2. publish an API to their own personalization scheme or offer some other means for an external service to select the relevant options.

When the provider implements either of these changes, they immediately lose control of the part of their competitive advantage attributable to personalization.

Any third party that can access the configurable options of a product or service using either of the above options could offer their own service to personalize the use of that product or service. If implemented well, users might acknowledge the provider of the personalisation scheme as the organisation that has given them the enhanced personalised user experience that they love, and not the provider of the product or service. Also, if the standardised personalisation scheme becomes widely adopted, competitors of the product or service that originally provided their own in-house personalisation offering could more easily deploy personalisation of their own offerings by exploiting the services of a third-party open personalisation service. Such a scenario could rapidly erode the competitive advantage of the first-mover. This logic might mean that those companies that currently deploy good personalization of their products and services are likely to be reluctant to support any interoperable personalization services.

Candidate interoperable personalization schemes

The most well-known current candidate for an interoperable personalization scheme is GPII (http://gpii.net/ ). It is primarily concerned with accessibility of the Internet as stated on its web page:

"The purpose of the Global Public Inclusive Infrastructure (GPII) is to ensure that everyone who faces accessibility barriers due to disability, literacy, digital literacy, or aging, regardless of economic resources, can access and use the Internet and all its information, communities, and services for education, employment, daily living, civic participation, health, and safety."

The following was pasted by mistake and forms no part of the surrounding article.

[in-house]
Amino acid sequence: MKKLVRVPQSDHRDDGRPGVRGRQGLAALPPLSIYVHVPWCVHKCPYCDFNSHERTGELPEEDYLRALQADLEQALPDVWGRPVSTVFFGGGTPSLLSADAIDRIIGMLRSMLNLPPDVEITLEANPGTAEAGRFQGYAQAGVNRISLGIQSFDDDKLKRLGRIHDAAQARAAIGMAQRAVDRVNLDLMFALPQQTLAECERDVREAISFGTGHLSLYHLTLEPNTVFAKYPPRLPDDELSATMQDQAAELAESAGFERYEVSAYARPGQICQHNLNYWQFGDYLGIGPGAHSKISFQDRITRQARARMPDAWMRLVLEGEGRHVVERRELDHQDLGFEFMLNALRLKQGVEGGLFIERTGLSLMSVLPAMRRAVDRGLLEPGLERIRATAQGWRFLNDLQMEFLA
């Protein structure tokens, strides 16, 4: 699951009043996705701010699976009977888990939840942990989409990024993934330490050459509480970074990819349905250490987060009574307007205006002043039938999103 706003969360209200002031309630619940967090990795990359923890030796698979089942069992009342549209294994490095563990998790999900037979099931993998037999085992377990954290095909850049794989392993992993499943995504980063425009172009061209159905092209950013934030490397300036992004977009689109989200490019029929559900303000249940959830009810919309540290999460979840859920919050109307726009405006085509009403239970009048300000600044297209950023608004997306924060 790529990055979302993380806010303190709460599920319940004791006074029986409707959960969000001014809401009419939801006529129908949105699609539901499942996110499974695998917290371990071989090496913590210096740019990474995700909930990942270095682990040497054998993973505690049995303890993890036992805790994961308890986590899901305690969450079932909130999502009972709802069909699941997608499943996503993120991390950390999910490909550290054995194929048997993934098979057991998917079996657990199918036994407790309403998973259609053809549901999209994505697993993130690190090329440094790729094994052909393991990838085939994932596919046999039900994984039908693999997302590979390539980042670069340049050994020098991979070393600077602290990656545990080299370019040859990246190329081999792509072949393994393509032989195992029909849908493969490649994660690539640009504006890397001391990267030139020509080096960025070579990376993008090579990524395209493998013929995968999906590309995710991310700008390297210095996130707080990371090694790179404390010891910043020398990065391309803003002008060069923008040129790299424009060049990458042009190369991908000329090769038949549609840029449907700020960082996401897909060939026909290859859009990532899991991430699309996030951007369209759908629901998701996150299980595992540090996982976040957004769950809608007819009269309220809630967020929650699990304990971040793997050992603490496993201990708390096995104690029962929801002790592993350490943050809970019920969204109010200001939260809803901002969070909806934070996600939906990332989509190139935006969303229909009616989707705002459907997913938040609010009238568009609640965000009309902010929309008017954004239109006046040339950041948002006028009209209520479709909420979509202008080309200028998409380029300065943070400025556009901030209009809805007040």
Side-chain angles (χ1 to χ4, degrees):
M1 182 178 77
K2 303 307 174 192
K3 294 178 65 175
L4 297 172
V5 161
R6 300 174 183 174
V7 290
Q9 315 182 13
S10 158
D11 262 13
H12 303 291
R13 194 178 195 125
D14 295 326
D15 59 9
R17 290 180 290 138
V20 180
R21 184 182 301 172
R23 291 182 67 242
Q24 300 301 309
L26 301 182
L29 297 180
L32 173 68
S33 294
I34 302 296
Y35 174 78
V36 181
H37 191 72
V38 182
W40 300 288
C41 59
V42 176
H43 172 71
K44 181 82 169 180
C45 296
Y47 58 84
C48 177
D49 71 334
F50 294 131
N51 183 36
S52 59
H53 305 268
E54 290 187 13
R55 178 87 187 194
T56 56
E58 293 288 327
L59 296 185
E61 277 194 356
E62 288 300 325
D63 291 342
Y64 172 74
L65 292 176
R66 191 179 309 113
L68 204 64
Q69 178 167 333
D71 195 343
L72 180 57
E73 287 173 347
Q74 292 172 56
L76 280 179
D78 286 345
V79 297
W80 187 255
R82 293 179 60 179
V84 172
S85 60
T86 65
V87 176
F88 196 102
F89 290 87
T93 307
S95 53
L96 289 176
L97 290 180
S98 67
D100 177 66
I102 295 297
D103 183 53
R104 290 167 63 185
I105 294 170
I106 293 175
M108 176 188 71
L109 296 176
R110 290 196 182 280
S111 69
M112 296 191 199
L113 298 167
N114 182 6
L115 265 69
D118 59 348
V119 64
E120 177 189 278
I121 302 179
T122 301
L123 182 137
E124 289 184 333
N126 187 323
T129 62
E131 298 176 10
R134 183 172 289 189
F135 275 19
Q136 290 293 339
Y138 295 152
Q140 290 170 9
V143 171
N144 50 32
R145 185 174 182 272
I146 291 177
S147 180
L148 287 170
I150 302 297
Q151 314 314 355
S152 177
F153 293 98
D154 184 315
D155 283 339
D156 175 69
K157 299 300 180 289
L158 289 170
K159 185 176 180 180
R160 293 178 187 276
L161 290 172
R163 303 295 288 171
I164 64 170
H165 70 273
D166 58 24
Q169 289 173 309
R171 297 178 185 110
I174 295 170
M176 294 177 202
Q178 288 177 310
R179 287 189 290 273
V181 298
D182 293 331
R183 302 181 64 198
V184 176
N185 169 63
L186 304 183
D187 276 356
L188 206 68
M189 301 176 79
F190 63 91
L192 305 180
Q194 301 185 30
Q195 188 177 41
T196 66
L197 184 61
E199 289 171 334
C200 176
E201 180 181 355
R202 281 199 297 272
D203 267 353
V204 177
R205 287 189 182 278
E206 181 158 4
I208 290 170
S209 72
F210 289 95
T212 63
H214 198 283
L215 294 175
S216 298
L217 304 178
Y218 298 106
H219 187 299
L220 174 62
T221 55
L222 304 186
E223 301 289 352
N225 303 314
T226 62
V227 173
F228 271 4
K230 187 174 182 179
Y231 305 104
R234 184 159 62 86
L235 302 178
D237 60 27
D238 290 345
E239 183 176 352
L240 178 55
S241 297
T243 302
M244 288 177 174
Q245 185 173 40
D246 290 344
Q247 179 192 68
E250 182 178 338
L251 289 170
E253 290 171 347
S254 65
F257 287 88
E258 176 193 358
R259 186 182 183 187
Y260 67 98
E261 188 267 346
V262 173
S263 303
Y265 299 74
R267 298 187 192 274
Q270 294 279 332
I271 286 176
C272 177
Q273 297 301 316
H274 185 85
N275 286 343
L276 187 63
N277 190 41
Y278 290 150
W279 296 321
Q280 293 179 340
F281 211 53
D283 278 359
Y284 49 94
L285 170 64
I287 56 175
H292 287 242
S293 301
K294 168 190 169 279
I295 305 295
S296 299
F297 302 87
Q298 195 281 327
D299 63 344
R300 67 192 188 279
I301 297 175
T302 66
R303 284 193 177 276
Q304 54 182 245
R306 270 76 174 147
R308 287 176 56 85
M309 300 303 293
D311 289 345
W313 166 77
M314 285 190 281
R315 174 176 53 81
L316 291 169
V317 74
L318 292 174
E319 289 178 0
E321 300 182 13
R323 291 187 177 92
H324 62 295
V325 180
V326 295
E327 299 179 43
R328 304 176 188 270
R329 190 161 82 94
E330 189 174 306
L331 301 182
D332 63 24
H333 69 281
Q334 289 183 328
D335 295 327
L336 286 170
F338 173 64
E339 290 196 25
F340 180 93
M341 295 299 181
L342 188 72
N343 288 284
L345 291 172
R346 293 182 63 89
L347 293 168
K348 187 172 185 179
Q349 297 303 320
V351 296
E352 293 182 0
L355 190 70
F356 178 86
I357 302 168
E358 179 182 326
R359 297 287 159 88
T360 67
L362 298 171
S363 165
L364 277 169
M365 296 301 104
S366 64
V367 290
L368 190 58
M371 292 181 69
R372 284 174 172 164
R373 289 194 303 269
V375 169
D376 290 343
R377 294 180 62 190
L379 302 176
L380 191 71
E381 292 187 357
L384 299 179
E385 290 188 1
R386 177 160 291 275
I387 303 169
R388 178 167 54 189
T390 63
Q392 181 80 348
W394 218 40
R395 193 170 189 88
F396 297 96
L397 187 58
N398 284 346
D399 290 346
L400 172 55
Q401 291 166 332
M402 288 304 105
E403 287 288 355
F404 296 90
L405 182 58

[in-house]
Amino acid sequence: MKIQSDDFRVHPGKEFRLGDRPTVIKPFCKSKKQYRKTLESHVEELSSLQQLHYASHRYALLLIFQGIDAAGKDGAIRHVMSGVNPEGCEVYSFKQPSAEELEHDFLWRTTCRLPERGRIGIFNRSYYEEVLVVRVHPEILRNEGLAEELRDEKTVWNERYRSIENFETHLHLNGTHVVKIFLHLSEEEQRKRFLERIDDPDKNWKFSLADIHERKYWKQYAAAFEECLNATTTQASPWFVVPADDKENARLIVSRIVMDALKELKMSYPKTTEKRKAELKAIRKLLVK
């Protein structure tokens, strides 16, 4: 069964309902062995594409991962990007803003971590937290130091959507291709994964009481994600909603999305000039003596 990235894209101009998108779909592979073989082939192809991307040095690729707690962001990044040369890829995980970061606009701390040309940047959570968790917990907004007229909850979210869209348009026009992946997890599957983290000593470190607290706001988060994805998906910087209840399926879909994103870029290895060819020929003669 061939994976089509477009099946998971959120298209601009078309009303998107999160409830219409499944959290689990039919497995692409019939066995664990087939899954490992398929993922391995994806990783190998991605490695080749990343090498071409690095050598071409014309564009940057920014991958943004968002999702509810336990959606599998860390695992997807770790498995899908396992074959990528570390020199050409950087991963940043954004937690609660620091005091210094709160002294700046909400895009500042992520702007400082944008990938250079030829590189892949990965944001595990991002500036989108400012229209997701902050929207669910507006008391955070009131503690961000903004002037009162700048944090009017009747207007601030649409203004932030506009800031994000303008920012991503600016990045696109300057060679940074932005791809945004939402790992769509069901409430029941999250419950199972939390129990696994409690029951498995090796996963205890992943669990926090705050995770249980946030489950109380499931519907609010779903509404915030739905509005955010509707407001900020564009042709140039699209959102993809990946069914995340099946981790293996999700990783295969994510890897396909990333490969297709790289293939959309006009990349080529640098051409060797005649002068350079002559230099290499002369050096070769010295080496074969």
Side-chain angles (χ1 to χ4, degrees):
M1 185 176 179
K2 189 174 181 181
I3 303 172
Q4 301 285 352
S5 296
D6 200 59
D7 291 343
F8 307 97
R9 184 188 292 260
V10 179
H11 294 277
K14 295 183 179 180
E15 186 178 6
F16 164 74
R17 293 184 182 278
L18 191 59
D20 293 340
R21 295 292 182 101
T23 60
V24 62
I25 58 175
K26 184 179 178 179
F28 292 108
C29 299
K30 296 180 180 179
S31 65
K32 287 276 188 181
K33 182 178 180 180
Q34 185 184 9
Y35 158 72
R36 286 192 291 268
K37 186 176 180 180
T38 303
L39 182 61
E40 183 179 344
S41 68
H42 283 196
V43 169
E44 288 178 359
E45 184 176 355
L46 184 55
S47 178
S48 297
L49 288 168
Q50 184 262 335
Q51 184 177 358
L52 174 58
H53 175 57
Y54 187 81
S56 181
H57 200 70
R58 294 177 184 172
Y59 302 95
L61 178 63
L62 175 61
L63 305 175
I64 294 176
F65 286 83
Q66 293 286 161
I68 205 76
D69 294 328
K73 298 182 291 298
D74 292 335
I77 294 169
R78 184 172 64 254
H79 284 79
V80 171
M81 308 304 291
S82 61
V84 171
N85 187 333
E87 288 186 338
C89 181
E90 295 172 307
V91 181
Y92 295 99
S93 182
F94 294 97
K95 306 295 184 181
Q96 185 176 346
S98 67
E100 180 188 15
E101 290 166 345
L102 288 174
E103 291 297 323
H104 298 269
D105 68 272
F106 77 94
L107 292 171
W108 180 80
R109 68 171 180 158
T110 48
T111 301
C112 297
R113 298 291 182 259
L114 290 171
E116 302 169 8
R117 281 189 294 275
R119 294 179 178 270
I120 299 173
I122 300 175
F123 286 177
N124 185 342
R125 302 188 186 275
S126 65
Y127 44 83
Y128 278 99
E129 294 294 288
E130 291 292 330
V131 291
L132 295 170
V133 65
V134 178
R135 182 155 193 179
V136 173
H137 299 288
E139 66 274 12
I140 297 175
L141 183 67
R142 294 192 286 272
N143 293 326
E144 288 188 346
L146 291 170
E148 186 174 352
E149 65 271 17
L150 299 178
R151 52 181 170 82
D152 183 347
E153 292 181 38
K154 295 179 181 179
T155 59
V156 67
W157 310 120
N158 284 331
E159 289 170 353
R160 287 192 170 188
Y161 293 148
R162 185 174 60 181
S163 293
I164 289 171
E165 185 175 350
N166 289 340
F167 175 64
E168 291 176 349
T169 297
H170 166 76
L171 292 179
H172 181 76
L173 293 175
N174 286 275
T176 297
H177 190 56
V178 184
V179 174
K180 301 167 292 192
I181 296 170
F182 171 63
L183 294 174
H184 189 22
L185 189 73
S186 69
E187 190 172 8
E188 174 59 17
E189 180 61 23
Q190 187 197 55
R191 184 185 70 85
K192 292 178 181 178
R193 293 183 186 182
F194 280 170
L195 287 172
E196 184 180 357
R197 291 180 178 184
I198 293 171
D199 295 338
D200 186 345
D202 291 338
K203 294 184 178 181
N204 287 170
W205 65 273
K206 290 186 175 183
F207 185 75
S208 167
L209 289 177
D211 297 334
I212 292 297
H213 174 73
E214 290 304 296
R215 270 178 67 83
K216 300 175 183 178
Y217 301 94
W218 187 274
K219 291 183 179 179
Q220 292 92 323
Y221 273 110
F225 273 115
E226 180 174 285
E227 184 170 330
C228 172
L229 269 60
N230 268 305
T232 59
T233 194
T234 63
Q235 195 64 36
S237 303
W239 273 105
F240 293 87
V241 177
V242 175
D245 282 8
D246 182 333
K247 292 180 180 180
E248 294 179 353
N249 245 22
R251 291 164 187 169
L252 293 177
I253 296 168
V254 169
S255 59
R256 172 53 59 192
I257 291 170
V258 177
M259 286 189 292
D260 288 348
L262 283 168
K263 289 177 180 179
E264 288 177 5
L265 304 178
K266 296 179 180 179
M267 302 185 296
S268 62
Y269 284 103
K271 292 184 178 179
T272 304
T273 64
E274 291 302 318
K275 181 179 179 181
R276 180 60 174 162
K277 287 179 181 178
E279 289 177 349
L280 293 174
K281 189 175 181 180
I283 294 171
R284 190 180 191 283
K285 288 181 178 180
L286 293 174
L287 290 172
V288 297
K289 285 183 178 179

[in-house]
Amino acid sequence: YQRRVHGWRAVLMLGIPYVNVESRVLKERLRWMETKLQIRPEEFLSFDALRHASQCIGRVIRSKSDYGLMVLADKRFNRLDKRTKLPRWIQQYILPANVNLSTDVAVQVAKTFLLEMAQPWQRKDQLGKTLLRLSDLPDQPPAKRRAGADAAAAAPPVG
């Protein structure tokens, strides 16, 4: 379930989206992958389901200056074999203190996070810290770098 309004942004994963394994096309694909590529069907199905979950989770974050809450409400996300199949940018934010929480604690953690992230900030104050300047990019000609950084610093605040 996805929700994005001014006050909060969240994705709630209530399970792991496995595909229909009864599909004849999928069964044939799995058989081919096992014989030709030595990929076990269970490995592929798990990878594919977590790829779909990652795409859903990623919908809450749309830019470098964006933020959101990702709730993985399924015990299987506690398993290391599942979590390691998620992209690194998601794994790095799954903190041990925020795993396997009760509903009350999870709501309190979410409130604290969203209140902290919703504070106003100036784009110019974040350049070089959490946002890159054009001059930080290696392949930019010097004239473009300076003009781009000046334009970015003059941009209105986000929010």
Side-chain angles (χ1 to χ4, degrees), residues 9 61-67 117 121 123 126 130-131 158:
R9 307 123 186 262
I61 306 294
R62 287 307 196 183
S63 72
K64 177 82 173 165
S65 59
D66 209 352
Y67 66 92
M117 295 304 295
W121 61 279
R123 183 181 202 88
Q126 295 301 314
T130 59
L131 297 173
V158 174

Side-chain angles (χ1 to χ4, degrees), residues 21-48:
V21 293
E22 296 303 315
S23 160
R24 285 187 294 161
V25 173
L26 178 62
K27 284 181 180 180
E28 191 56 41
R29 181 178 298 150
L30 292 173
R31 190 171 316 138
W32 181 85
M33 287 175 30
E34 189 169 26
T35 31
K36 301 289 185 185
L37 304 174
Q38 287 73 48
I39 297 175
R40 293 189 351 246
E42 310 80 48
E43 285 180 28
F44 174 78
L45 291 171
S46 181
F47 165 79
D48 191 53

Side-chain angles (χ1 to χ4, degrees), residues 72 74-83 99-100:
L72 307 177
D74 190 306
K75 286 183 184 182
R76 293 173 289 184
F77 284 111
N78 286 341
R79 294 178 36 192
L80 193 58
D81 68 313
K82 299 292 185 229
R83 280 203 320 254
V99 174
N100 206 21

It has a very large community of organisations and research projects participating in it, again to quote: GPII is a project of Raising the Floor, a consortium of academic, industry, and non-governmental organizations and individuals.

Although the interest in the project is high, it is not yet clear that there GPII can provide clear answers to the four key questions in the "Interoperable personalization schemes" section above. Without clear answers to these questions, the amount of mainstream commitment to GPII and the means to provide and maintain the necessary infrastructure are still uncertain.

A much less well-known approach to personalisation is that proposed by ETSI [ETSI1], [ETSI2], [ETSI3], [ETSI4]. This is an approach that focuses on providing comprehensive context sensitive personalization of a wide range of information and communications products and services. This is designed for any user and it does not have a specific accessibility focus - although several accessibility related settings and use cases are used in the ETSI documents. This personalization work came out of other ETSI work on a Universal Communications Identifier (UCI) which is a third-party verified authentic identity that can be used in all communication contexts. A UCI identifies the person and not their devices. Such an identifier could be helpful in protecting vulnerable users (e.g. some Down syndrome users) from online impersonation-based fraud.

Although, the standards behind the ETSI personalisation and UCI:

  • have been approved by the major industry players who are the ETSI member companies;
  • are technically detailed and were designed to be compatible with and able to exploit the features of today's mobile telephony networks (e.g. using existing presence servers in the networks to host and distribute user profile data);
  • are extremely scalable by permitting very flexible distribution of profile data and processing across products, services and a centralised repository and processing engine;